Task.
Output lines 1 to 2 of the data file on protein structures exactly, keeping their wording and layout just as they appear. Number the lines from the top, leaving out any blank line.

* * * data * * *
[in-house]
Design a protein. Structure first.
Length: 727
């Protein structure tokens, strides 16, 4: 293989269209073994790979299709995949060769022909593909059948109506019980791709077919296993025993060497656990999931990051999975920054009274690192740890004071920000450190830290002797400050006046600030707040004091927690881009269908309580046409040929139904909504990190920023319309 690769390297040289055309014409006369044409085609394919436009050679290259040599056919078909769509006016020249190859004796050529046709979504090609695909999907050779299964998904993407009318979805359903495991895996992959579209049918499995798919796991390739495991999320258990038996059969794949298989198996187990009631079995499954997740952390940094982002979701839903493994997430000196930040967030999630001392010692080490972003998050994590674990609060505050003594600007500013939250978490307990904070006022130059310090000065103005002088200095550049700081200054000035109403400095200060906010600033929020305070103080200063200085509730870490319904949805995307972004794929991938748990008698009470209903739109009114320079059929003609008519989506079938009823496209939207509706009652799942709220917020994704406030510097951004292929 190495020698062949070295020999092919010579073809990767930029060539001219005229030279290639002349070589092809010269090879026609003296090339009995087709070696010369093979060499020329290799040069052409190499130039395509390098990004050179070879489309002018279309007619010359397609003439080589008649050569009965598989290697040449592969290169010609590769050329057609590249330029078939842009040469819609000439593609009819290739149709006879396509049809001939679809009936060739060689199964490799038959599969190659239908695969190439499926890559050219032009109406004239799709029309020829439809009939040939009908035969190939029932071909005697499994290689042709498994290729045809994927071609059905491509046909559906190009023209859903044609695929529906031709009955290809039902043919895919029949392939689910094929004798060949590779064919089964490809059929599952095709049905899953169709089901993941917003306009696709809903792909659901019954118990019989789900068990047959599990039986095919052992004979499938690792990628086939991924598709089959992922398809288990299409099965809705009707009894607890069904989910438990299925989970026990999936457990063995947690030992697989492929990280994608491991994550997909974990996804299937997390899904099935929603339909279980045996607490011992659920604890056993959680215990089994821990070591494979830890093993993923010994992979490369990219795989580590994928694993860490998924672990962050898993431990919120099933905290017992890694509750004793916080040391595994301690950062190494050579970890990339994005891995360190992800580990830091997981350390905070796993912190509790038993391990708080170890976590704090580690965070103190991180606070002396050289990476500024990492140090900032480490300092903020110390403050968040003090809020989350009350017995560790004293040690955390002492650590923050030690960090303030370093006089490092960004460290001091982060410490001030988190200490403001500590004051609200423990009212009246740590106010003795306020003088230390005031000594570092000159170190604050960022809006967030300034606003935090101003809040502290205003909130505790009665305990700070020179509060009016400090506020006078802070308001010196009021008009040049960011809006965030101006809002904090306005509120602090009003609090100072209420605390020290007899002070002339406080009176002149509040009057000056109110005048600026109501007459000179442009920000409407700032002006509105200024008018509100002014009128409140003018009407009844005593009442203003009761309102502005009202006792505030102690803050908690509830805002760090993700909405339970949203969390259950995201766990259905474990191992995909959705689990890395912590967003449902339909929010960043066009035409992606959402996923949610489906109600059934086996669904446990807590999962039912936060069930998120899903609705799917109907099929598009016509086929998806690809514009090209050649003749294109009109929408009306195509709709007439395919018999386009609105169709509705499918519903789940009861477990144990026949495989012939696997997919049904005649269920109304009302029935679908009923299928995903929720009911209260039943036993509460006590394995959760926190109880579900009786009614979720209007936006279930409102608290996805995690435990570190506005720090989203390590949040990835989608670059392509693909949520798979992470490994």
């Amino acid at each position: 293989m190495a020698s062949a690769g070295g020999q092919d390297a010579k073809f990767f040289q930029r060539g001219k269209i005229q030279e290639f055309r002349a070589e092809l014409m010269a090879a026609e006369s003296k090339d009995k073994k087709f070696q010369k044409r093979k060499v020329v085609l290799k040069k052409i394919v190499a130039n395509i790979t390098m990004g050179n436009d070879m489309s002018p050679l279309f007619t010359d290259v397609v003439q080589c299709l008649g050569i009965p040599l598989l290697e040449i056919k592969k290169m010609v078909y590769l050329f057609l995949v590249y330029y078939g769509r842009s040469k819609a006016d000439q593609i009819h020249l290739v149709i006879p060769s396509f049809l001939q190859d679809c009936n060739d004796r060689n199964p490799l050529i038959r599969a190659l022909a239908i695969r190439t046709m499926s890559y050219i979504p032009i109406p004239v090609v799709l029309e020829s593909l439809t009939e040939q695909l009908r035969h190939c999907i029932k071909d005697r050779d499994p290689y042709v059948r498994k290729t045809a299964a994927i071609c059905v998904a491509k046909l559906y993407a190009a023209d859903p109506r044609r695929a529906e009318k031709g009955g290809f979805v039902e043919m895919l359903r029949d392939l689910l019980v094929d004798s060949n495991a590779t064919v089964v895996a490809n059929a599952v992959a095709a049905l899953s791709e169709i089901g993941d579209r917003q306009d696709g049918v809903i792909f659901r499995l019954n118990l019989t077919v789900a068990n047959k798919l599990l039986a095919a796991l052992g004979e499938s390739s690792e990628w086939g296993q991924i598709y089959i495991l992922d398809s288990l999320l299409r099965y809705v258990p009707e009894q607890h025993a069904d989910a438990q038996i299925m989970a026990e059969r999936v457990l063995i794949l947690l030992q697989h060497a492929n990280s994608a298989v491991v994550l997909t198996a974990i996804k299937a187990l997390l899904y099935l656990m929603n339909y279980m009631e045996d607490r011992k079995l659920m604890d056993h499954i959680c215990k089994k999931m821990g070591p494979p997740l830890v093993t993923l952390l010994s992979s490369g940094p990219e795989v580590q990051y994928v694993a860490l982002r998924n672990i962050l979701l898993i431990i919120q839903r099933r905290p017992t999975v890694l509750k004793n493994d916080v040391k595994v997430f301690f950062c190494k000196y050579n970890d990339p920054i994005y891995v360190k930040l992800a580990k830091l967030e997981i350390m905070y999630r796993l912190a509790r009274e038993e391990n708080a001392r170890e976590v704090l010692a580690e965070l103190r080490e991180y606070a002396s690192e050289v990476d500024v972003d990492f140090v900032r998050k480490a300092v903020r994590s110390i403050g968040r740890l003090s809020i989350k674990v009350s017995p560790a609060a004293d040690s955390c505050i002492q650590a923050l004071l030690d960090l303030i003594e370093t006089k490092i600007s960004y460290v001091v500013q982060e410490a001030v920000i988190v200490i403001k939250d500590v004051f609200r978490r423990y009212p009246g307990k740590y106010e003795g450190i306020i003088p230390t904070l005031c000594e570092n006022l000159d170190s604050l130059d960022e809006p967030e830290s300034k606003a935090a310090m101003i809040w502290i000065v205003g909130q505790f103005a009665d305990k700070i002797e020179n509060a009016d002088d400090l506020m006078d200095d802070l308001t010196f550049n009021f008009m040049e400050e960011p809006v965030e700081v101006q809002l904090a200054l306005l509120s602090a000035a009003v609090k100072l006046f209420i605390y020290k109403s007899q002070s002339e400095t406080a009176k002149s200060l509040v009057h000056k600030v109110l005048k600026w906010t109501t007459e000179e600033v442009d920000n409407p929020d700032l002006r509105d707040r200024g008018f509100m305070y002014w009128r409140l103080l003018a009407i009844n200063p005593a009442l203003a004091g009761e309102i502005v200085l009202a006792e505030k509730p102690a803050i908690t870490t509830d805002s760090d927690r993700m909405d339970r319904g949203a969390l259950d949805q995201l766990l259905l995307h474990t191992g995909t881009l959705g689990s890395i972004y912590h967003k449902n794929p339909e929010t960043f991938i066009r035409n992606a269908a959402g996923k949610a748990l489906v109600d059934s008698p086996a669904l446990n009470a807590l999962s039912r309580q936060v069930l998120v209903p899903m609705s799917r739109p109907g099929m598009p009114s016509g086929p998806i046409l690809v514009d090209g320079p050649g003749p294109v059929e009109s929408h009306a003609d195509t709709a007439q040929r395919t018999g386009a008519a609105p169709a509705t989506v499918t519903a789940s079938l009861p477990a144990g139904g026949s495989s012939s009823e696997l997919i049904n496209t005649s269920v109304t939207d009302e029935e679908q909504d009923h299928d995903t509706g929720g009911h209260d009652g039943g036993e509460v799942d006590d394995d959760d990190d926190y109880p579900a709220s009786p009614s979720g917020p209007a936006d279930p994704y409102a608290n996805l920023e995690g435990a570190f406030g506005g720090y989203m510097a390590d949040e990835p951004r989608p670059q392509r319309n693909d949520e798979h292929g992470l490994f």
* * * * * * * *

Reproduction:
[in-house]
Design a protein. Structure first.